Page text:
Like Nokia, there are scores of telecom and electronics majors in Sriperumbudur, which are employing increased number of women—who constitute over 40 per cent of the workforce. Girl power in the region had never been so strong. Apart from Nokia, there are Dell, Motorola, Samsung and Flextronics that have set up shop here. Says a senior Flextronics executive: “We employ women wherever electronics is deployed, and employ men for heavy-duty machining— this is simply to ensure lesser risk for women.”

Samsung: Itís all about girl power
Itís all about girl power
Inside the Nokia SEZ, suppliers such as Salcomp, Aspocomp, FoxConn, Perlos, Jabil, et al employ workforce that are 40-50 per cent female. “Women get employed not by deliberate design. It’s just that they are eminently suited for the telecom manufacturing industry or wherever electronic components are used,” says Sunder Vadivel, Head (HR), Perlos. The SEZ collectively employs at least 7,500 women in an area spanning 210 acres.

On the job

“These days, fathers (in the region) depend more on their daughters rather than sons to sustain their families,” says T. Claimans, Senior Manager, HR& General Administration (GA), Samsung India Electronics. Claimans is not exaggerating.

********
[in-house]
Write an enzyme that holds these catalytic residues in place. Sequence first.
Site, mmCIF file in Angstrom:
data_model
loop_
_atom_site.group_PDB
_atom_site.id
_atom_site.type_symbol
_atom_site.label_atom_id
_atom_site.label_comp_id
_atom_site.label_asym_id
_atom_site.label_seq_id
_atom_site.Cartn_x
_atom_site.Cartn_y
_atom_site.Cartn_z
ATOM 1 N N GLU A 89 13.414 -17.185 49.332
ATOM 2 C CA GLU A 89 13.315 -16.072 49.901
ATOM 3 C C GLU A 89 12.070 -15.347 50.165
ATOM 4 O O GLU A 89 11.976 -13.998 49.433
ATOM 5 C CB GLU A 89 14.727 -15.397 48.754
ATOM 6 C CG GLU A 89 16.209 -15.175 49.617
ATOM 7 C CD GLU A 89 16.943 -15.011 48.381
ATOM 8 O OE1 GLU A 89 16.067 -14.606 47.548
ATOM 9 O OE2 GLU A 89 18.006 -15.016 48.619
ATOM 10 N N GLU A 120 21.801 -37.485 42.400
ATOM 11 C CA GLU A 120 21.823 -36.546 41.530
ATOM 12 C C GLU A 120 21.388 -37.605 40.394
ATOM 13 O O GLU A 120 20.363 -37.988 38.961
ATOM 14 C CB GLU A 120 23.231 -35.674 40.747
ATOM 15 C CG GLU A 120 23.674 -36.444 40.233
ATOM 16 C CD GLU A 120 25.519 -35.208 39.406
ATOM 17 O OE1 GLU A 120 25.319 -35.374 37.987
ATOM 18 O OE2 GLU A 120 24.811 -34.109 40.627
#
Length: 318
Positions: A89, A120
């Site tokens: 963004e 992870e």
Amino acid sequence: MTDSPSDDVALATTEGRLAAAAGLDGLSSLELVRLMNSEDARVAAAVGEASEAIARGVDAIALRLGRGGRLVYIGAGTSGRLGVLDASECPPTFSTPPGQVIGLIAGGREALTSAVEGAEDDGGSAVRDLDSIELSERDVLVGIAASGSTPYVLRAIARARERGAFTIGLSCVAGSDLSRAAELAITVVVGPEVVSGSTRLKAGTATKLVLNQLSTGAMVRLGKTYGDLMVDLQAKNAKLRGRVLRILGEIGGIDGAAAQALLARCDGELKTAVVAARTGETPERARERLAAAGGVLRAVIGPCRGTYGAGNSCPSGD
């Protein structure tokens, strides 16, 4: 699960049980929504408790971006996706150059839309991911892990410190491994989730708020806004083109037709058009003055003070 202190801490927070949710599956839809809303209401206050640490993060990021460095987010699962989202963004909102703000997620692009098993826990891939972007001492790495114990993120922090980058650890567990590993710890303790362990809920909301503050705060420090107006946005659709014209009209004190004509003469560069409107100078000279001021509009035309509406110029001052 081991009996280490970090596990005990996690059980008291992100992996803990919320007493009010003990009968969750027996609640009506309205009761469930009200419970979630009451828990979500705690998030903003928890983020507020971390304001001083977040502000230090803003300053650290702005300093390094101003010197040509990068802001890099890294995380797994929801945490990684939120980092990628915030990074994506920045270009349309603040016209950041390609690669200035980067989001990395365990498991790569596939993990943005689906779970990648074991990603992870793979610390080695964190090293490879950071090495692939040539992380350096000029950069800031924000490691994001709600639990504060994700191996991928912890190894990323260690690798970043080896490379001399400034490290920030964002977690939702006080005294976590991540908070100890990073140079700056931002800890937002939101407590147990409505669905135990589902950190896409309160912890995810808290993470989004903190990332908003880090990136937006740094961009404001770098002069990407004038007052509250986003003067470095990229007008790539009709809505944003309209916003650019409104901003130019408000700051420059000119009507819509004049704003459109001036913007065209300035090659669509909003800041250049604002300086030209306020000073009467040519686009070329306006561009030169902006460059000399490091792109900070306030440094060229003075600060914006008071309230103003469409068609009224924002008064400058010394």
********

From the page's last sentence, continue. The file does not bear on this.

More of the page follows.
S. Chitra, 20, a worker at Samsung, hails from Punnapadi village in Arcot district. Her father was a farmer but with the groundwater drying up, the family found itself in choppy waters. Her younger siblings are both in school. Chitra herself had taken up tailoring till she found her calling at Samsung. “There is work freedom here,” she says. Congenial surroundings are a great incentive, second only to the regular monthly salary that feeds her family.

At Samsung, the girls are bubbling with enthusiasm about their work. In fact, so zealous are some of these girls that they want to come to work even on holidays. “It becomes boring during the weekly offs,” say S. Shankari and D. Sangeetha in unison, “even if we go home, we talk to our parents and siblings about the number of TVs we made and other company matters.”